And their common paradigm is Nature’s bounty – snowy peaks; emerald meadows with tinkling cowbells; innumerable lakes and waterfalls, and of course the half-wooden, half concrete houses, churches and clock towers of every city and village. Traveling through these areas is easy with Switzerland’s amazing transport system that links trains, buses and boats efficiently to provide a smooth crisscross across mountains, through tunnels, on waterways and next to picturesque meadows and valleys.

German Swiss
Starting off from Lucerne, one witnesses the deep German influence. Dominated by the mesmerizing Lake Lucerne and set against towering Mount Pilatus, Lucerne is picture perfect and a base for day trips to popular destinations.
The first day we took a day trip to Interlaken, favourite destination of Bollywood and Indian honeymooners! Tradition combines interestingly with touristy buzz here. A short drive away is Trummelbach, the only mountain with 10 waterfalls within.
Next day we took a ferry to ----, from where we took the world’s steepest cog railway (max gradient:48 %) to the top of Mount Pilatus, known for some great adventure sports, aerial cableways, Switzerland’s longest toboggan, ropeways and exhilarating train rides. Hurtling along the toboggan was as daring as I decided to get!
Back in Lucerne, I walked down narrow streets leading to airy squares, with paintings on building facades that tell stories of time past. The walk took me across the ancient Chapel Bridge and Water Tower on River Rheus, along the quays, feeding ducks. Later we had a traditional Swiss dinner at ----- to the accompaniment of typical Swiss Alpine horn and yodelling.

A bit of Italy on the side
Next it was time to taste a bit of Italy and so we set off for Ticino. We took the William Tell Express, gliding across Lake Lucerne, admiring sleepy villages, inviting bays, lagoons, emerald green meadows throwing a green light on the ever changing colours of the lake. At the tiny, picturesque village of Fluelen we changed over to the famous Gotthard rail line, this year celebrating 125 years of existence. Across deep ravines and precipitous cliffs, through spiral and horseshoe tunnels, including the 15 km long Gotthard tunnel, we climbed swiftly from 470 to 1100 metres above sea level.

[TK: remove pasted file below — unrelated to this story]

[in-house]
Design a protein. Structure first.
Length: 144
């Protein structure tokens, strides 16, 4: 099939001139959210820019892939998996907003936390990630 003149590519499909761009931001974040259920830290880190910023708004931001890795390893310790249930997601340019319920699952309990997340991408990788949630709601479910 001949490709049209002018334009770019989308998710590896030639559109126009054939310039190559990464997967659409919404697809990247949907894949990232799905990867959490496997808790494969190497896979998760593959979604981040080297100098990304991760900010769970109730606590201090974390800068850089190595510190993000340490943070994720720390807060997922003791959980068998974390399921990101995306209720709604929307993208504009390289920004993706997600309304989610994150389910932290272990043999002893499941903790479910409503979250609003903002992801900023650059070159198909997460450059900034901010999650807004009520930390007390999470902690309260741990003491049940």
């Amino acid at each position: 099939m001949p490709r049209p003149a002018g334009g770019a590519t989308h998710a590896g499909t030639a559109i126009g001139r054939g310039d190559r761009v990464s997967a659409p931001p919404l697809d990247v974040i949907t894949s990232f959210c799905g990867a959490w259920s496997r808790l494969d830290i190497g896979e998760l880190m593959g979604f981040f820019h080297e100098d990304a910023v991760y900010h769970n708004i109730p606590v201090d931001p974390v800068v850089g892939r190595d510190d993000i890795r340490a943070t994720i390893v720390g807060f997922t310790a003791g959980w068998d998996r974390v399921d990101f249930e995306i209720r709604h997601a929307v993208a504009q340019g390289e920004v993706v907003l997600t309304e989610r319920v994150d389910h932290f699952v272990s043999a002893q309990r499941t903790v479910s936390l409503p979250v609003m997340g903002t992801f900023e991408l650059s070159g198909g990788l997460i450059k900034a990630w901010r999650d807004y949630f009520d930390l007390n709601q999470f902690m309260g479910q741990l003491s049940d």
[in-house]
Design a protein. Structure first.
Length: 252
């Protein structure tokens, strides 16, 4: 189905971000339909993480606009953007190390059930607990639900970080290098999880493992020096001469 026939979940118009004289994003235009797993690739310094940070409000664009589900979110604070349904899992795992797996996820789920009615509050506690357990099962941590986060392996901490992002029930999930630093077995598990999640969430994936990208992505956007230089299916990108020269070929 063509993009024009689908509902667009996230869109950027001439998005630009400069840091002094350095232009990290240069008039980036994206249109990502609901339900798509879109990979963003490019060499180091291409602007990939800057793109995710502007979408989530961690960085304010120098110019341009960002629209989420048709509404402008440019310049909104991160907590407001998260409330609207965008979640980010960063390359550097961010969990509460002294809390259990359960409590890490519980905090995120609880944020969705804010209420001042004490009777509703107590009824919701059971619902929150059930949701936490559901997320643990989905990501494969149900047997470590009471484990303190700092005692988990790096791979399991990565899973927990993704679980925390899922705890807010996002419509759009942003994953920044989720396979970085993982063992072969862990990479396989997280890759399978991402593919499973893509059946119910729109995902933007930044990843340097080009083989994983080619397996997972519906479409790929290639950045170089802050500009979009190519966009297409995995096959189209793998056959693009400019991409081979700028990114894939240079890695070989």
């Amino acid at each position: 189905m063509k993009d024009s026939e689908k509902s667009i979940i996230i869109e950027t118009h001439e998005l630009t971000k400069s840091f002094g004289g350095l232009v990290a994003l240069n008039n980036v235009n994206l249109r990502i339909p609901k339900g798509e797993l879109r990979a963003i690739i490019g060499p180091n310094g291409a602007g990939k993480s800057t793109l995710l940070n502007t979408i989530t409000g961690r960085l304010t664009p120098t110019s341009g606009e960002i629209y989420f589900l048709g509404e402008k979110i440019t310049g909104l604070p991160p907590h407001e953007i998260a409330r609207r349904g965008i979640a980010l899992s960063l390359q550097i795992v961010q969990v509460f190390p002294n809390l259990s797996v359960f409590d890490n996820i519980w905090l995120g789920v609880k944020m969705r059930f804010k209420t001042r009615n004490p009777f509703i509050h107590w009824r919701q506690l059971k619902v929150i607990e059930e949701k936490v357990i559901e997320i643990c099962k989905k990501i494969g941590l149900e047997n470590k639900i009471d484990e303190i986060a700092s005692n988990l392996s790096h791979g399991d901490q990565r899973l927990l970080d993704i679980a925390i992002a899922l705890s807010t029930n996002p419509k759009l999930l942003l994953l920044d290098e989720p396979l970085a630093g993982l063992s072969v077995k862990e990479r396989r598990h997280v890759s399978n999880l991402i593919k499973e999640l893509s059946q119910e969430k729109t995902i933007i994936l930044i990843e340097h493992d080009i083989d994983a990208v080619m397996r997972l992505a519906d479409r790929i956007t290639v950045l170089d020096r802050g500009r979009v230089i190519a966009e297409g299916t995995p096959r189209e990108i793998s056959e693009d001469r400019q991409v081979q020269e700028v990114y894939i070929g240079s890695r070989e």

Ticino is very Italian. The capital, Bellinzona, is surrounded by lofty mountains, picturesque vineyards and overlooked by three castles. We walked along the charming historic town with narrow lanes, beguiling piazzas, 19th century buildings, courtyards, and ornamental terracotta facades inspired by Italian architects. Alpine farmers come to sell cheese every Saturday as locals gather in the piazza to soak in sun and gossip

The French Connection
Having had a taste of the German and Italian parts of Switzerland, it was time for us to check out how French the Swiss could be. Our next destination was Visp in the very French canton of Vallais, Switzerland’s ideal wine producing region..
Visp is a quaint, picturesque town with quiet streets and houses. We took a gourmet tour of the city, stopping at Cave de la Tour for a taste of wine from their vineyards with some Swiss cheese and cured meat before going on to try different eateries for a typical French dinner and dessert in true laidback French style.
From Visp we took the Gornergrat Bahn (highest open air cog railway in Europe) through spicy stone pine and larch forests, over flowery meadows up to the 3,089 metres high Gornergrat. Here, sitting in the highest hotel in the Swiss Alps, Kulmhotel Gornergrat, we looked around at the permanently snowcapped 29 peaks around, each more than 4000 metres high (including the famous Matterhorn at 4,478 metres).
This was the snowy climax of our trip! After the varied cultural experience we were treated to within Switzerland we realized how true it was said that something ‘urgent’ is for tomorrow in the Italian part of Switzerland; for today in the French area and for yesterday in the majority area that is Swiss German!